"15th MED Bn. Goes Home: MED Co. 215th CS Bn., 3rd BDE (Separate). Retire the colors; re-name the same, change the spot to spring from, MEDEVAC is still MEDEVAC- Fire Support Bases to visit, Jungle House-calls, borrowing aircraft, bartering for people and part replacements. Hotel Three, hundred mile an hour tape to bandage the craft, sand in almost everything, Spine chilling Down Bird Call, CMB's and CIB's, unlucky POW missions, a Y cord to share the knowledge, Hooch by the flight line, Blue smoke frag, Flight Ops chatter, Red Carpet and Fat Albert, MEDEVAC 11 and other call signs, strength in unity. Rebellion at the EM Club, Proud Mary songs, IG Inspections, Bien Hoa Air Force Killer omelets, unauthorized non-nomax ride to the states, beautiful South China Sea, time to leave and forget somebody else's war. Unloading the stress of Vietnam after being suspended over it wearing a bull's-eye. Class A's that were baggy and short. A tan that you forgot you had. Out-processing was a blur. Proud of the job, friends that forgot to remember. Some said it was a mission, some said it was live training tested, some just dismissed it as a Bad Dream, most said nothing. Proud of the MEDEVAC LOGO POCKET PATCH. Everyone paid the price, some more than others. Some, more than not, if not with their life, than with their youth. Well at least justification in saying...Although, during the tour, the reasoning proves,,,.Right or wrong, it was "our 15 Minutes of Fame in the Sun" and by God, Did We FLY...The Old Flight Platoon Sergeant"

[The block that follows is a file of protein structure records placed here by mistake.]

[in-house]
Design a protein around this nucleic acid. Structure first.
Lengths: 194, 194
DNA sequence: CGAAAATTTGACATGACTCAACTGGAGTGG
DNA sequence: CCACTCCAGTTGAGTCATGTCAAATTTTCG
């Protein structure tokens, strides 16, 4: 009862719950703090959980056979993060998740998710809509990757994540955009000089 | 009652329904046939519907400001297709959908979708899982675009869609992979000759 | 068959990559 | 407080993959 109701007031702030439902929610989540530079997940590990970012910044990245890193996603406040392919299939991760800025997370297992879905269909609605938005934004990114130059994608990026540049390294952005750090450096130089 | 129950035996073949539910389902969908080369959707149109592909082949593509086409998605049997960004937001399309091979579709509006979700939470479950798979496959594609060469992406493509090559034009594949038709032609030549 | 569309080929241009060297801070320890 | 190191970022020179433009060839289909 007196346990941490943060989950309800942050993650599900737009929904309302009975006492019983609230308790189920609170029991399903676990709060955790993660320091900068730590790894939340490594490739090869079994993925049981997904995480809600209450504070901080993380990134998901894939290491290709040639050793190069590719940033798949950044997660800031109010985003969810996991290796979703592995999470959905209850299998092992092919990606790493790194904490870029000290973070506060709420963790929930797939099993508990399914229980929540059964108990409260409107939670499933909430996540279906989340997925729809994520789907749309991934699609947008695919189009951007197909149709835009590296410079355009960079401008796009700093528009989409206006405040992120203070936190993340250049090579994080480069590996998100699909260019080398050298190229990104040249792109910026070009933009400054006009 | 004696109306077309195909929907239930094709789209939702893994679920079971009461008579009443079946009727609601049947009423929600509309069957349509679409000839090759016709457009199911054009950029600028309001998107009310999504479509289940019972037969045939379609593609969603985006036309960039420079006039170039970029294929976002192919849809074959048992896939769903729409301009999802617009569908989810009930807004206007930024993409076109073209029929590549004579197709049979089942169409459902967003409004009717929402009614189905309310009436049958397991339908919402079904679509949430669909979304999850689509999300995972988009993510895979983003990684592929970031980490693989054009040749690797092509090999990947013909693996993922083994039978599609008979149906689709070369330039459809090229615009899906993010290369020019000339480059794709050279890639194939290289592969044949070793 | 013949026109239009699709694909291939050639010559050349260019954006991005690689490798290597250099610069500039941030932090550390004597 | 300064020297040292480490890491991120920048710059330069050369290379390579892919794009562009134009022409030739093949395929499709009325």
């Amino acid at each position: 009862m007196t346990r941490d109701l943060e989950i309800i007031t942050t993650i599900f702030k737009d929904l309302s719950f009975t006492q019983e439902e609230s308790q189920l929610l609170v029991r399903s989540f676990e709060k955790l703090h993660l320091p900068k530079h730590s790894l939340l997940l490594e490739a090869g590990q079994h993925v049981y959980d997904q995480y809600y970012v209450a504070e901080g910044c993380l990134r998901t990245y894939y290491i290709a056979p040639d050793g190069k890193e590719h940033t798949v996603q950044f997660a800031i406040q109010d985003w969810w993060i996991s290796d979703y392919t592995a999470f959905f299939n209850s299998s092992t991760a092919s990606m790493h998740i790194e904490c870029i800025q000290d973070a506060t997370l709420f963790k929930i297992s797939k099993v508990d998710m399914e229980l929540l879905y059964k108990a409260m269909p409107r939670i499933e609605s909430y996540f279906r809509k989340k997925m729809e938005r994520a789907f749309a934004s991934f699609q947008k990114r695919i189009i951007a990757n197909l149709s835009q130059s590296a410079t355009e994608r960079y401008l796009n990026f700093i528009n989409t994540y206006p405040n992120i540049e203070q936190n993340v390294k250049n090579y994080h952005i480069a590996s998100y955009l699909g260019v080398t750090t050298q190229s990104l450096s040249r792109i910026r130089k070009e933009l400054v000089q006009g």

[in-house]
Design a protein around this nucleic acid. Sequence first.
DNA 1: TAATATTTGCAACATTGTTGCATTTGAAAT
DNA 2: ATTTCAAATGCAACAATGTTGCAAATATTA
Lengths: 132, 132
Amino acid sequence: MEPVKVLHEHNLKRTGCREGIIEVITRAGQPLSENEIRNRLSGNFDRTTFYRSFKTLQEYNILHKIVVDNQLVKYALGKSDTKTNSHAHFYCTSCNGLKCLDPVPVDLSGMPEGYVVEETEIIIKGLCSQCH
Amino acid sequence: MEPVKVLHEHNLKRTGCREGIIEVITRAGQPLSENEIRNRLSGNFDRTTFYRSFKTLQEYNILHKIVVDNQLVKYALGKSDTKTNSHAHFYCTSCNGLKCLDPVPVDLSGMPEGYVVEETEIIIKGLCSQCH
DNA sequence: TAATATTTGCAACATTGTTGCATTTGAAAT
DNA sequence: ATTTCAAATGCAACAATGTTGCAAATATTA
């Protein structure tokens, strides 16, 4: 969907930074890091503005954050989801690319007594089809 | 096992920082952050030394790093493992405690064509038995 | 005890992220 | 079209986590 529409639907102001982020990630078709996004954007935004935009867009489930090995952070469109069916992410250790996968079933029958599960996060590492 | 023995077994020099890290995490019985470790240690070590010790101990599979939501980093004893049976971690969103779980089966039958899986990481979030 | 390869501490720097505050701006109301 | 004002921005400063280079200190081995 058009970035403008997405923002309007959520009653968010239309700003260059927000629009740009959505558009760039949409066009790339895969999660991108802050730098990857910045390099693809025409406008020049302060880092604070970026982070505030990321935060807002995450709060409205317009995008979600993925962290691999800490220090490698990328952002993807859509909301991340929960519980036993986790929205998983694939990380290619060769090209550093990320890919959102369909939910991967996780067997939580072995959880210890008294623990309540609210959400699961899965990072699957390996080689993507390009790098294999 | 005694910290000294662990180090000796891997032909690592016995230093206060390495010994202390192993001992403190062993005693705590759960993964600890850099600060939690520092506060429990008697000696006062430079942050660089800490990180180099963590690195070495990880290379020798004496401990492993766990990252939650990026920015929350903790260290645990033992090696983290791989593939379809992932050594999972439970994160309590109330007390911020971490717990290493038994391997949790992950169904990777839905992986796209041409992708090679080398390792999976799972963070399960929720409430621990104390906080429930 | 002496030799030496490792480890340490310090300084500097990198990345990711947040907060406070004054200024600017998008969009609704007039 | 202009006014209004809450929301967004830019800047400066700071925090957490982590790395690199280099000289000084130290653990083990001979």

An update to the last column about the mispronunciation of "cavalry," no word from the White House after my message to them got through. I haven't since heard anyone from there use or mispronounce the word "cavalry," e.g. The Commander in Chief; i.e. President OBAMA-yet.

CBS did not reply to me, but news anchor Katie COURIC did finally get it correct when they did a follow up to the Ft. Hood tragedy with good news about 1st Cav troops returning home from deployment. I could tell when she emphasized "CAVALRY" that she got the message, and wanted to stand corrected. During the same broadcast their field reporter at Ft. Hood also pronounced "cavalry" correctly which was good to hear. When that happens with me, bells ring, and the bells were ringing that night.